Jim: Yeah, and I appreciate that because I think as men we can – we can be strong, but we can also shame in a way that is not productive. And you don’t want to do the latter. You want to be your wife’s strength.

Jerusha: Or just inadvertent. Yeah, like, “We have a healthy baby. Why can’t you just be happy with that?” You know? Those kind of things.

Jim: This has been so good. Thank you so much for being with us and helping so many couples. I know this’ll become a great help to many. Thank you.

Jeramy: You’re welcome.

Jerusha: Welcome.


Jim: Let me turn to you, the listener – if you or a loved one is experiencing depression, whether postpartum or another form, we want to help you. We have caring, Christian counselors available on staff to give you an initial consultation and then refer you to someone in your local area for ongoing support.

John: And to schedule that appointment with one of our counselors, call 800, the letter A, and the word FAMILY.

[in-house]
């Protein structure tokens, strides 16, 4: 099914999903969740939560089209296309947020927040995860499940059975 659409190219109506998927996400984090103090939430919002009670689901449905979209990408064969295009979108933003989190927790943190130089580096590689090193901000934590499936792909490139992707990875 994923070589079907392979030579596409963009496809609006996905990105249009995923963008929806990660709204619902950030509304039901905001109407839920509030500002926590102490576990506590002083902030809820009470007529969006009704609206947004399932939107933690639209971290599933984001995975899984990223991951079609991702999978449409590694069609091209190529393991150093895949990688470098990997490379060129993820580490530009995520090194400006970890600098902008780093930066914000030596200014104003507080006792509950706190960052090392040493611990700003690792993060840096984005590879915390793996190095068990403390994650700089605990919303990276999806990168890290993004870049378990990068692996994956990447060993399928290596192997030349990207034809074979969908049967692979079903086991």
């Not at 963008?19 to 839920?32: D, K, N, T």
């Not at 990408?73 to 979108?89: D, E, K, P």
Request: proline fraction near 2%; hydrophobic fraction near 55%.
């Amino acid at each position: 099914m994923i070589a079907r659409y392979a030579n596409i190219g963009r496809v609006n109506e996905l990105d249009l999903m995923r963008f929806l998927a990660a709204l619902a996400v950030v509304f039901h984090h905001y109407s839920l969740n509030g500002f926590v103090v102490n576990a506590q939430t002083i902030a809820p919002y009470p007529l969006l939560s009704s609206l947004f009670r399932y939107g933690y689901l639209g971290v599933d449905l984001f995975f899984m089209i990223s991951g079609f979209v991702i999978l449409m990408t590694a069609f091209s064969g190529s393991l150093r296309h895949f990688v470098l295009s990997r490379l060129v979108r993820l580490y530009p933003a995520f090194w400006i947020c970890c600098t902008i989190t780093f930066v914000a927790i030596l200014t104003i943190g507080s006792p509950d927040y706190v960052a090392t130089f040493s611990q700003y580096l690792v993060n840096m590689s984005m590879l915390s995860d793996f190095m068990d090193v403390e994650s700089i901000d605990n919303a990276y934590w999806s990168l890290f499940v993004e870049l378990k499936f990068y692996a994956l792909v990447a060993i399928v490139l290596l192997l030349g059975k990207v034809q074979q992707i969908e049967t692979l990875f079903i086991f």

Jim: Maybe you’re in a good place in your life right now. And if you are, I want to invite you to join us in this ministry. Let’s do it together. Today’s program highlights our mission here to come alongside hurting people and offer hope and healing in the name of Christ. Your donation provides them with counseling, helps underwrite this broadcast, allows us to continue providing a robust website. Today, when you donate to our work here, a gift of any amount, we’ll send you a copy of Living Beyond Postpartum Depression for yourself or to give to a new mom or mom-to-be that you know. 

John: Join the support team and get a copy of Jerusha’s comprehensive book, Living Beyond Postpartum Depression, as well as a CD or instant download of this conversation online at focusonthefamily.com/broadcast.

On behalf of Jim Daly and the entire team, I’m John Fuller and thanks for listening to Focus on the Family and join us next time as we once again help you and your family thrive in Christ!

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Living Beyond Postpartum Depression